Jacinta: Volta was for decades a professor of experimental physics – which sounds so modern – at the University of Pavia. But he was also an experimenter in chemistry – all this in his early days when he did all his practical work in physics and chemistry. He was the first person to isolate and describe methane. But here’s a paragraph from Wikipedia we need to dwell on.

Volta also studied what we now call electrical capacitance, developing separate means to study both electrical potential (V) and charge (Q), and discovering that for a given object, they are proportional. This is called Volta’s Law of Capacitance, and for this work the unit of electrical potential has been named the volt.

Canto: Oh dear. I think we may need to do the Brilliant course on everyday electricity, or whatever it’s called. But, to begin – everyday light bulbs are designated as being 30 amps, 60 amps and so forth, and our domestic circuits apparently run on 240 volts. That latter is the electric potential and the amps are a measure of electrical output? Am I anywhere close?

Jacinta: I can’t pretend to know about that, but I was watching a video on neuroanatomy this morning…

Canto: As you do

Jacinta: And the lecturer informed us that the brain runs on only 20 watts. She was trying to impress her class with how energy-efficient the human brain is, but all I got from it was yet another electrical measure I need to get my head around.

Canto: Don’t forget ohms.

Jacinta: So let’s try to get these basics clear. Light bulbs are measured in watts, not amps, sorry. The HowStuffWorks website tells us that electricity is measured in voltage, current and resistance. Their symbols are V, I and R. They’re measured in volts, amps and ohms. So far, so very little. They use a neat analogy, especially as I’ve just done brilliant.org’s section on the science of toilets. Think of voltage as water pressure, current as flow rate, and resistance as the pipe system through which the water (and effluent etc) flows. Now, Ohm’s Law gives us a mathematical relationship between these three – I = V/R. That’s to say, the current is the voltage divided by the resistance.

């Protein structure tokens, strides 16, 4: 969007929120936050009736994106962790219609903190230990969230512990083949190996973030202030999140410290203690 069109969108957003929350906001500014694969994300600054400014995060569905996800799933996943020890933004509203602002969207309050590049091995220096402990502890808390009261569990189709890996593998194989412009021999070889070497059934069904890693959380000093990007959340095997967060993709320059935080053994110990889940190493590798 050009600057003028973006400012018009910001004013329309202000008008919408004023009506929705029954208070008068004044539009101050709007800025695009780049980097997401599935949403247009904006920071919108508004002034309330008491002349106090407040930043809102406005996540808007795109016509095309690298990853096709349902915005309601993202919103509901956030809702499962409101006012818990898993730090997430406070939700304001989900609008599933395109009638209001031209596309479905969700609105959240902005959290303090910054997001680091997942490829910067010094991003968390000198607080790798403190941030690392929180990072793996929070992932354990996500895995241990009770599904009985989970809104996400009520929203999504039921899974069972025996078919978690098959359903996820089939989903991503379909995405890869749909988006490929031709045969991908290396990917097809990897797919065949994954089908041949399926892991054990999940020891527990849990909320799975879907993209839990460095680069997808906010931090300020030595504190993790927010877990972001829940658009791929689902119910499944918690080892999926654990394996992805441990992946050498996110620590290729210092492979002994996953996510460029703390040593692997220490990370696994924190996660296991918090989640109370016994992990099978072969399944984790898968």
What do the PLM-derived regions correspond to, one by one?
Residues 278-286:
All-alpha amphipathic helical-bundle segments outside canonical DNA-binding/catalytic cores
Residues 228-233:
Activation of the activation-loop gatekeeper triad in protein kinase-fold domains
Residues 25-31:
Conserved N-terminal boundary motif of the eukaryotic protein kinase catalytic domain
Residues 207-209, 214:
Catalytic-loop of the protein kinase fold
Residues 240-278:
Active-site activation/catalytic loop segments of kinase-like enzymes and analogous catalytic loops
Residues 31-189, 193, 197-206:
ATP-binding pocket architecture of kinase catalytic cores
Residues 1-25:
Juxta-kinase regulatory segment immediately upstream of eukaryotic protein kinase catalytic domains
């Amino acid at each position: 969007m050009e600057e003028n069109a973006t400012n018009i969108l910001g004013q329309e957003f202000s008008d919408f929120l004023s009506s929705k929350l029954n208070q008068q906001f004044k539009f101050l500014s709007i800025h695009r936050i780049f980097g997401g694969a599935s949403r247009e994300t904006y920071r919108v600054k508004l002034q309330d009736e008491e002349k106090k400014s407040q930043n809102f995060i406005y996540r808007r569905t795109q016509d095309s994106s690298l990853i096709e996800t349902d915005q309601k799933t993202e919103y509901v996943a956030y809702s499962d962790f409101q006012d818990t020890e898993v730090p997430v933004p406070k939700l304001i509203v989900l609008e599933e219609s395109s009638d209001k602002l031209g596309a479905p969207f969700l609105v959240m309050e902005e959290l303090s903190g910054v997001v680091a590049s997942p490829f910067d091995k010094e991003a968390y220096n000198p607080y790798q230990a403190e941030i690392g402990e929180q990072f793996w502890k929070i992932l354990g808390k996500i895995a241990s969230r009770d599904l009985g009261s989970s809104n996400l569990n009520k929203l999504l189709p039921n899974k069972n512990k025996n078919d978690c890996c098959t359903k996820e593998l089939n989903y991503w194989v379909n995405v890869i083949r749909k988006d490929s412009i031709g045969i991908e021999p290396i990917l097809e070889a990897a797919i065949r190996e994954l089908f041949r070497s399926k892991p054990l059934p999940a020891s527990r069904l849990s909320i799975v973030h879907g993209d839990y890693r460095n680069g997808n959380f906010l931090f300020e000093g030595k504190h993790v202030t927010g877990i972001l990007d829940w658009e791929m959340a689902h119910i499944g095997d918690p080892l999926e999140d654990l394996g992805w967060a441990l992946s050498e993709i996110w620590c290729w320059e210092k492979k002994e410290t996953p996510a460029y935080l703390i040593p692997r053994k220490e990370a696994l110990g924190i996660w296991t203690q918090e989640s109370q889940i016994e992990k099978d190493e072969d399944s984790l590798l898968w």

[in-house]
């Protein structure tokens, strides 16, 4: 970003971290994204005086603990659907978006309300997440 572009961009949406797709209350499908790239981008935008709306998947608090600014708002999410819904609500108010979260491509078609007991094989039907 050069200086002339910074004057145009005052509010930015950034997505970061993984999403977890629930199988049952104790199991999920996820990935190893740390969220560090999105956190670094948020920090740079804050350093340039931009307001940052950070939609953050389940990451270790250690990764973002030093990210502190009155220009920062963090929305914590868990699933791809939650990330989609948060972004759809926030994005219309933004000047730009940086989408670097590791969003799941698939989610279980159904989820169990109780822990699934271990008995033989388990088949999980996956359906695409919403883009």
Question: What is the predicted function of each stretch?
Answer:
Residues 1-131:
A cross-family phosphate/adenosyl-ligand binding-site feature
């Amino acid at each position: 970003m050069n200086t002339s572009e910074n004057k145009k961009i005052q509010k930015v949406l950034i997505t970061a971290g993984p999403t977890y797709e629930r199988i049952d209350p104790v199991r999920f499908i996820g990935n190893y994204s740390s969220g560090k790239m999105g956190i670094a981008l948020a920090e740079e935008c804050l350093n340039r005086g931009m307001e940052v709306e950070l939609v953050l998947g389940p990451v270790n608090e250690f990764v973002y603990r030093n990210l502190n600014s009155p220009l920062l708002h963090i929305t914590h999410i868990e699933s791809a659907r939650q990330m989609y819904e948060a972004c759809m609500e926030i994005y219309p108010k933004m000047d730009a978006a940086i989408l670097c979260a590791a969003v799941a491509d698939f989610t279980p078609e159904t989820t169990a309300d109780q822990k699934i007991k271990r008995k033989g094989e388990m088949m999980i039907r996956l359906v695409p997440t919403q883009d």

Canto: So comparing this to water and plumbing, a hose is attached to a tank of water, near the bottom. The more water in the tank, the more pressure, the more water comes out of the hose, but the rate of flow depends on the dimensions of the hose, which provides resistance. Change the diameter of the hose and the outlet connected to the hose and you increase or reduce the resistance, which will have an inverse effect on the flow.

Jacinta: Now, to watts. This is, apparently, a measure of electrical power (P). It’s calculated by multiplying the voltage and the current (P = VI). Think of this again in watery terms. If you increase the water pressure (the ‘voltage’) while maintaining the ‘resistance’ aspects, you’ll produce more power. Or if you maintain the same pressure but reduce the resistance, you’ll also produce more power.

Canto: Right, so now we’re adding a bit of maths. Exhilarating. So using Ohm’s Law we can do some calculations. I’ll try to remember that watts are a measure of the energy a device uses. So, using the equation I = P/V we can calculate the current required for a certain power of light bulb with a particular voltage – but using the analogy of voltage as water pressure doesn’t really help me here. I’m not getting it. So let me quote:

In an electrical system, increasing either the current or the voltage will result in higher power. Let’s say you have a system with a 6-volt light bulb hooked up to a 6-volt battery. The power output of the light bulb is 100 watts. Using the equation I = P/V, we can calculate how much current in amps would be required to get 100 watts out of this 6-volt bulb.

You know that P = 100 W, and V = 6 V. So, you can rearrange the equation to solve for I and substitute in the numbers.

I = 100 W/6 V = 16.67 amps

I’m having no trouble with these calculations, but I’ve been thrown by the idea of a 6-volt light bulb. I thought they were measured in watts.

Jacinta: Okay, so now we’re moving away from all the historical stuff, which is more of our comfort zone, into the hard stuff about electrickery. Watts and Volts. Next time.

References

https://www.britannica.com/biography/Charles-Francois-de-Cisternay-Du-Fay

https://en.wikipedia.org/wiki/Fluid_theory_of_electricity

https://en.wikipedia.org/wiki/Leyden_jar

https://en.wikipedia.org/wiki/Franz_Aepinus

https://en.wikipedia.org/wiki/Henry_Cavendish

https://en.wikipedia.org/wiki/Luigi_Galvani

https://en.wikipedia.org/wiki/Lucia_Galeazzi_Galvani

https://science.howstuffworks.com/environmental/energy/question501.htm

https://byjus.com/physics/difference-between-watts-and-volts/

Written by stewart henderson

December 19, 2021 at 8:33 pm